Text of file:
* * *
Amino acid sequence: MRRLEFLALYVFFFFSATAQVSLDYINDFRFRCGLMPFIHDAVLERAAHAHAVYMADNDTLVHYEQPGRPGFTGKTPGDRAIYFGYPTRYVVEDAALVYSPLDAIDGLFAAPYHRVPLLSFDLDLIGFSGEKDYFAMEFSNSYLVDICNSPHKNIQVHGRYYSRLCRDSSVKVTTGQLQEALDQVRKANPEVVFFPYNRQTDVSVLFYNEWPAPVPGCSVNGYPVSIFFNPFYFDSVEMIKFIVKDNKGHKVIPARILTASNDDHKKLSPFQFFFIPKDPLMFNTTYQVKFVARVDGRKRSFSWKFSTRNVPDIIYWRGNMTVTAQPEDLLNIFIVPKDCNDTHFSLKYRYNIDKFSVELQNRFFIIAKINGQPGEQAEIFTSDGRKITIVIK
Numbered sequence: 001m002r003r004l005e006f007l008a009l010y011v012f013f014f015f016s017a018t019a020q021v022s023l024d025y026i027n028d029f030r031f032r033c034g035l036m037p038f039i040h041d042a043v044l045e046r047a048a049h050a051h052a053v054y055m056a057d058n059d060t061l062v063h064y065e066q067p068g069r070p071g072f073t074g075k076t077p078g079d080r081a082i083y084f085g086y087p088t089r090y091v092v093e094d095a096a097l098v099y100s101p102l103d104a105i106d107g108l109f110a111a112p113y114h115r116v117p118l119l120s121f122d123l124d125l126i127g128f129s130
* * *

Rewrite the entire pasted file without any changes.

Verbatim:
Amino acid sequence: MRRLEFLALYVFFFFSATAQVSLDYINDFRFRCGLMPFIHDAVLERAAHAHAVYMADNDTLVHYEQPGRPGFTGKTPGDRAIYFGYPTRYVVEDAALVYSPLDAIDGLFAAPYHRVPLLSFDLDLIGFSGEKDYFAMEFSNSYLVDICNSPHKNIQVHGRYYSRLCRDSSVKVTTGQLQEALDQVRKANPEVVFFPYNRQTDVSVLFYNEWPAPVPGCSVNGYPVSIFFNPFYFDSVEMIKFIVKDNKGHKVIPARILTASNDDHKKLSPFQFFFIPKDPLMFNTTYQVKFVARVDGRKRSFSWKFSTRNVPDIIYWRGNMTVTAQPEDLLNIFIVPKDCNDTHFSLKYRYNIDKFSVELQNRFFIIAKINGQPGEQAEIFTSDGRKITIVIK
Numbered sequence: 001m002r003r004l005e006f007l008a009l010y011v012f013f014f015f016s017a018t019a020q021v022s023l024d025y026i027n028d029f030r031f032r033c034g035l036m037p038f039i040h041d042a043v044l045e046r047a048a049h050a051h052a053v054y055m056a057d058n059d060t061l062v063h064y065e066q067p068g069r070p071g072f073t074g075k076t077p078g079d080r081a082i083y084f085g086y087p088t089r090y091v092v093e094d095a096a097l098v099y100s101p102l103d104a105i106d107g108l109f110a111a112p113y114h115r116v117p118l119l120s121f122d123l124d125l126i127g128f129s130